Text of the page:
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Discussion Starter #1
Many of the photos we've seen of the GT racing or otherwise demonstrating its handling abilities also show an awful lot of body roll. Also, for what I have read this car pushes a lot!

Sportier suspension components are available, but a LeMons car has a budget that makes buying any of that really nice stuff impossible. So we are considering our options.

For the front, we'll fabricate shackles to lower the car, but for spring rate, the only thing we can think of is shoving a wedge of rubber up over the leaf springs. That will in effect shorten them, making them stiffer.

In the rear, cutting the springs come to mind and that should lower and stiffen them. (I need to check my formulas on this.) I've read here that the stock springs have 150 ppi spring rates and that the sportier variety are in the 180 - 2000 ppi range. If we need additional stiffness back there I'm thinking of inserting spring rubbers, ala NASCAR.

Obviously this is going to take a little testing to see if any of this actually works, that is, doesn't make things worse. Seat of pants suspension tuning.

These may sound like ridiculous ideas, and if so, say so. I'd really appreciate any input people might have.

Some specific questions. With a rear spring rate of 150 ppi and a near 55/45 weight distribution, is it safe to assume that the spring rates in front are just slightly greater than 150?

Another. How difficult do you think it would be to fab our own sway bar? Seems it would only require bending a steel rod, end links, and mounts. Hopefully we can find off-the-self mounts. Also, please recommend a bar diameter. (I think I'll google to learn a little more about sway bar design.)

Thanks.
 

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Rear sway bars from Kadetts can be used. You'll either need to cut the brackets from the Kadett rear diff. hsg. or be really lucky and your GT already has them on it. Does shipping count in the purchase price?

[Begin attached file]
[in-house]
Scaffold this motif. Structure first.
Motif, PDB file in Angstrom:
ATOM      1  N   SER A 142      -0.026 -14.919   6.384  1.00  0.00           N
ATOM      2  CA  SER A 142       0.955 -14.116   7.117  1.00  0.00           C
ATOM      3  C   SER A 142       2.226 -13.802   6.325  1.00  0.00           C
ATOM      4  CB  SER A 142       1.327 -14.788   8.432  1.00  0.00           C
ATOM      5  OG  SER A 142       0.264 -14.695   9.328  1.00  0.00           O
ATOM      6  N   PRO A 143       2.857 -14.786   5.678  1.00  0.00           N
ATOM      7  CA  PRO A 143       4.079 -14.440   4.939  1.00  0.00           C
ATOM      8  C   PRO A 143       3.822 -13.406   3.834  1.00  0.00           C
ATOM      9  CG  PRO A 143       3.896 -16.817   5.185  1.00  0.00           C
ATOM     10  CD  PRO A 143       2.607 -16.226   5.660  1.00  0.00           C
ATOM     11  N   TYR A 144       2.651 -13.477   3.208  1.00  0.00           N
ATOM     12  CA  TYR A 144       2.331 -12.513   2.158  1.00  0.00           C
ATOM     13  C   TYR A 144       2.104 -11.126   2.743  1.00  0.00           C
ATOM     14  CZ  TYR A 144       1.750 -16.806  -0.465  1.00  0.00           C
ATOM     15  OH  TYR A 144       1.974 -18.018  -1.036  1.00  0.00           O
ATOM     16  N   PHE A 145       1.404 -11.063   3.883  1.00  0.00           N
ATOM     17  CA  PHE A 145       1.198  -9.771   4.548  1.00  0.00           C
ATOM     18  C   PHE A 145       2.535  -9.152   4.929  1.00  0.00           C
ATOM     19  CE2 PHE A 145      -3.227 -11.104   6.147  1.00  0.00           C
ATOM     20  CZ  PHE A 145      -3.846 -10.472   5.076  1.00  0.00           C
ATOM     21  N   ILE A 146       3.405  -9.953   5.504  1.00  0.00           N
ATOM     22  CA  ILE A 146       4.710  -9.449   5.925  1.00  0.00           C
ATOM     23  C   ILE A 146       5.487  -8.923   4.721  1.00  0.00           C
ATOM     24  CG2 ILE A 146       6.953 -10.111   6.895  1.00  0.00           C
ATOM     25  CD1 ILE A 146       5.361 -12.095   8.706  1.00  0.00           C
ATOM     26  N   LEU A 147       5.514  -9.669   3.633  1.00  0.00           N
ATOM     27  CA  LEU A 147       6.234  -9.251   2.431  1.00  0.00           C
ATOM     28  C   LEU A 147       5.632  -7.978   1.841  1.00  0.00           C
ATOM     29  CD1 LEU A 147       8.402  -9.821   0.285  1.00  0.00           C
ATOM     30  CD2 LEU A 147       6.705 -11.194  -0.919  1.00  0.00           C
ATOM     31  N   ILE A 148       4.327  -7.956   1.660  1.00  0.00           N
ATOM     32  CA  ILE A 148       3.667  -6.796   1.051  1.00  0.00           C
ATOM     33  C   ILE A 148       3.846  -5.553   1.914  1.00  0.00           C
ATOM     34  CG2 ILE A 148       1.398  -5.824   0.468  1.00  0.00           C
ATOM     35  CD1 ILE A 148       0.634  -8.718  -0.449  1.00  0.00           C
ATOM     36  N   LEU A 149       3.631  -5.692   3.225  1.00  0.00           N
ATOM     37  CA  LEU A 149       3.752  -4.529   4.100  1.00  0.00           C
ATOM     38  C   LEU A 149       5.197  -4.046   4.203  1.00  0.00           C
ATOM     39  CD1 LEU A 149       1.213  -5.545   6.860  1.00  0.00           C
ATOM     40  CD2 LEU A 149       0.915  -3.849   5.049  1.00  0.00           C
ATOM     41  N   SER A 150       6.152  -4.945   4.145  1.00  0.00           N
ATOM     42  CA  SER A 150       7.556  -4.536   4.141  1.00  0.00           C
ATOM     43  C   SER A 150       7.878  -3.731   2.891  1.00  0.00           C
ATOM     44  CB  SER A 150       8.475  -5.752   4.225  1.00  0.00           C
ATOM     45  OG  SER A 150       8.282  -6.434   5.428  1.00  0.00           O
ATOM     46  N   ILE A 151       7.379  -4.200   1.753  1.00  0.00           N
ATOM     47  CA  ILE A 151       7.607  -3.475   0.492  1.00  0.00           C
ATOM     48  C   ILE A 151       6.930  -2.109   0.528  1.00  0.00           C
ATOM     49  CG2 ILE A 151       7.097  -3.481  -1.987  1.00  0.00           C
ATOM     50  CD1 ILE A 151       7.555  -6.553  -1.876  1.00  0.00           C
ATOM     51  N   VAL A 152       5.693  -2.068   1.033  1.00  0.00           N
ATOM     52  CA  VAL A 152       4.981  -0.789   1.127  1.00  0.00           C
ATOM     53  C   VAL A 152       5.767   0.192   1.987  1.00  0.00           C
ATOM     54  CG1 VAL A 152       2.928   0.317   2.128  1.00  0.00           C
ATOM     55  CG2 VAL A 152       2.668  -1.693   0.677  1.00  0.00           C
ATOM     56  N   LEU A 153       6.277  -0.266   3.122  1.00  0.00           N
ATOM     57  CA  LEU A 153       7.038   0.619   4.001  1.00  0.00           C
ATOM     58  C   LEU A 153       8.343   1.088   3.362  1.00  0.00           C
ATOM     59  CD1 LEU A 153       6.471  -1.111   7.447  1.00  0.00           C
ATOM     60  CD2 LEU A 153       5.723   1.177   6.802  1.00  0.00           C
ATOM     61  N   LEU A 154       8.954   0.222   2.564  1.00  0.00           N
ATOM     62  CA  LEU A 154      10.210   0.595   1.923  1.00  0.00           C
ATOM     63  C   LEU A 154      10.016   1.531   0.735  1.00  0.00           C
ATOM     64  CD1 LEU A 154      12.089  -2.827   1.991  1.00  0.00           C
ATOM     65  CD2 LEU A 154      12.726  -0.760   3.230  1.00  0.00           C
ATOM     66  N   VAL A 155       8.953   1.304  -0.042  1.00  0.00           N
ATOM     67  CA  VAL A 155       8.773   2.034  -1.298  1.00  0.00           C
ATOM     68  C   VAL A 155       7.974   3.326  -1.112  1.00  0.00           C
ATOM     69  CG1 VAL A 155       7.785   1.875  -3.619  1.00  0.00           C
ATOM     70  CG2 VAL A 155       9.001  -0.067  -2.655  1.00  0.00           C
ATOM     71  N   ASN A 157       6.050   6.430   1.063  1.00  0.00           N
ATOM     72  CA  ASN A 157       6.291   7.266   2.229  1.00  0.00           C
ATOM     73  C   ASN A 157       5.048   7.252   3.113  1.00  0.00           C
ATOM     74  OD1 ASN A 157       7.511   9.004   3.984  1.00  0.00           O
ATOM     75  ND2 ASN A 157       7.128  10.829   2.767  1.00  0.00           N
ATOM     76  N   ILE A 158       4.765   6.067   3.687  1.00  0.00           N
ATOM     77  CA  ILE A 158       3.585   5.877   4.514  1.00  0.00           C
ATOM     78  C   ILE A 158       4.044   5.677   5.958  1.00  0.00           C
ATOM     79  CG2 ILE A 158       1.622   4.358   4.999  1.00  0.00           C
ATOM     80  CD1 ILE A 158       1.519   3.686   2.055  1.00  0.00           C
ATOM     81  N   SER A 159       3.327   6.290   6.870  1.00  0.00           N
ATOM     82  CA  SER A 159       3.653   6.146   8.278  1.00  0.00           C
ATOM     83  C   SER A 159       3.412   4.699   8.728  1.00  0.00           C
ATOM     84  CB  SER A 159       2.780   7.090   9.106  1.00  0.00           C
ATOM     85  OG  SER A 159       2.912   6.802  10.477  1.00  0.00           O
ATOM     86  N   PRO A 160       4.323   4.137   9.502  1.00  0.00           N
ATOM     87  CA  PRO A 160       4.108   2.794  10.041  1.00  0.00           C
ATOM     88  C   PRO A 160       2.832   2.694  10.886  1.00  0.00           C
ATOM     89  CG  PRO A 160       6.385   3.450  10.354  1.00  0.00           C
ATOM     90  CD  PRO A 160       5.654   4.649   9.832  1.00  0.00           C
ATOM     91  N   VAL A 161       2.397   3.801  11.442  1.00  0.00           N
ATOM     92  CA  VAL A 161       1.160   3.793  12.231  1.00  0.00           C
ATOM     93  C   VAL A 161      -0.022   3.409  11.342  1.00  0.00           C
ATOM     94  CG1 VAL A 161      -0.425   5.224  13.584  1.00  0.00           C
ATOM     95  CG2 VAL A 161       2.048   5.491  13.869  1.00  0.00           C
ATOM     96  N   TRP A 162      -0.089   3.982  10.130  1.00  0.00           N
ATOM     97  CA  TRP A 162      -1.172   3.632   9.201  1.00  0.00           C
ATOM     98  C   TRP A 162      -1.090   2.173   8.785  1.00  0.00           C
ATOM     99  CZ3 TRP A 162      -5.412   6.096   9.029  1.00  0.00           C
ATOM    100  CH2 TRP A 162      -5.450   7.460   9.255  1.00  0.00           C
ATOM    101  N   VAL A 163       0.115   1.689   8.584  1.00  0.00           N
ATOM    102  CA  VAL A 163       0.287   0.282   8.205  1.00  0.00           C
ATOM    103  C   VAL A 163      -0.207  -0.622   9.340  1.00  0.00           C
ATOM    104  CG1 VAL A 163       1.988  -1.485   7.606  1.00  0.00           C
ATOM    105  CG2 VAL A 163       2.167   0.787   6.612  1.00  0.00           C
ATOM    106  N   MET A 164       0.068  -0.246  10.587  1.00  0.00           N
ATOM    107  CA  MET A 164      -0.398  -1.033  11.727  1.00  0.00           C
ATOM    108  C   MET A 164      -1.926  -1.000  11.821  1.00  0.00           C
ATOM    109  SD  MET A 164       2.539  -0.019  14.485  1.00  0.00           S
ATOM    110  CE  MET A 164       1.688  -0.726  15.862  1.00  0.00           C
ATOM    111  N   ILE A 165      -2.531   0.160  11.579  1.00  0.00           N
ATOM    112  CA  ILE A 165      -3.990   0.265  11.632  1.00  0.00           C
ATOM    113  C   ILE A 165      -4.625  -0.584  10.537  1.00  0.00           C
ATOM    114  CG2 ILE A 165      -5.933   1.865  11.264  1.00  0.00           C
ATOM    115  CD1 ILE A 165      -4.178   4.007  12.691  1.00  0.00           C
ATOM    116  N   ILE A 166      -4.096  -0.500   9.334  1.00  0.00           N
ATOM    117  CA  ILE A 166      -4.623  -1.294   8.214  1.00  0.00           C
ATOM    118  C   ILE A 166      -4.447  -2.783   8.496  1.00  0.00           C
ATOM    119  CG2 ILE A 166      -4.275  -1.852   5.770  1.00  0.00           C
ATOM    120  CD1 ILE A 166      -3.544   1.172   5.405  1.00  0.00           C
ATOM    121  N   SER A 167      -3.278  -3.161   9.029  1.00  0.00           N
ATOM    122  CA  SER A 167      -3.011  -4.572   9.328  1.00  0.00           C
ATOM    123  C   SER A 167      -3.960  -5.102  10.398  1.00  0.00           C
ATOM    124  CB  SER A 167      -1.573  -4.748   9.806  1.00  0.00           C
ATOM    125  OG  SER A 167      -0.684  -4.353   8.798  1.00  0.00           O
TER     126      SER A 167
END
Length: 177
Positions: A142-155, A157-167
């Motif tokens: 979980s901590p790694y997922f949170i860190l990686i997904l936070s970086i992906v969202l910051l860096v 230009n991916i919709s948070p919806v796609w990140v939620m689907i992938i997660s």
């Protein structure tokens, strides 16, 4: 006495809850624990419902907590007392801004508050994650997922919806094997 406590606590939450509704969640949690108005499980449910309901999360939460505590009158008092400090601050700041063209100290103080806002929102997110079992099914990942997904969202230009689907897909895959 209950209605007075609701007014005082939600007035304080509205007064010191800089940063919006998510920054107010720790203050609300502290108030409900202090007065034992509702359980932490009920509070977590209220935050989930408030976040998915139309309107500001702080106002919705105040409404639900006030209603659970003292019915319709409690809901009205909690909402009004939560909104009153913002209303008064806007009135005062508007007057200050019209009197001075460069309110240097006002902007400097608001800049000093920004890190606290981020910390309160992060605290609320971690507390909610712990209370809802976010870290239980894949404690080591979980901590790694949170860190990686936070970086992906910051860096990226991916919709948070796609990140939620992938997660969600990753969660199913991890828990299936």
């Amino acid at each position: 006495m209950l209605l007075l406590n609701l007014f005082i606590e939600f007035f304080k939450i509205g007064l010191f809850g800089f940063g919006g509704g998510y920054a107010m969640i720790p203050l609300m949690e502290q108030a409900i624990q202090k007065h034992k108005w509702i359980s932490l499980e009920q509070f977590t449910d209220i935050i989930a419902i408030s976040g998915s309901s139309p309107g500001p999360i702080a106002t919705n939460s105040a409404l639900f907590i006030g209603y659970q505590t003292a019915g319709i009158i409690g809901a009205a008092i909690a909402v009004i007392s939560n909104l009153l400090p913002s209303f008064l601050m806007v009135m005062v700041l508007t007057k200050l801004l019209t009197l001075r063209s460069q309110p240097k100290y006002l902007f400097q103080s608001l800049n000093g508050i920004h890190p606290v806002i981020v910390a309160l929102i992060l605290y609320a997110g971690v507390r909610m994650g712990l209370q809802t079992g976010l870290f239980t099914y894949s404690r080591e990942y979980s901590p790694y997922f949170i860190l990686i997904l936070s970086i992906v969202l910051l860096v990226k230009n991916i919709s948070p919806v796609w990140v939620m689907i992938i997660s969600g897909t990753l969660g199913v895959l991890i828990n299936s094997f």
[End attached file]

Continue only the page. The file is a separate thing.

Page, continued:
Harold
 

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Another way of getter stiffer springs for the rear of a GT, especially on the cheap, throw a set of Manta or Sportwagon springs in the back.
 

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Discussion Starter #4 (Edited)
Thanks, all.

I spent a lot of time last night reading the older posts here on suspension work and I can see I can easily make things worse doing only what the tuner kids think is essential, just lowering and stiffening. We haven't even driven the car yet so we don't even have seat-of-pants data yet to even know if we've made things better or worse, but we're pretty sure we are going to want to do something, again, based on the photos we have seen. Then again, the Opel GT racing history book I have doesn't talk much about suspension at all, so does this mean they raced and rallied on stock suspensions?

Our budget will not list shipping, taxes, the cost of 20 trips to Harbor Freight or driving to Vallejo and Stockton and Richmond for parts.

Edit - I'll check the car to see what the rear sway bar mounting options are.
 

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'72 Opel GT (Sara)
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...Then again, the Opel GT racing history book I have doesn't talk much about suspension at all, so does this mean they raced and rallied on stock suspensions?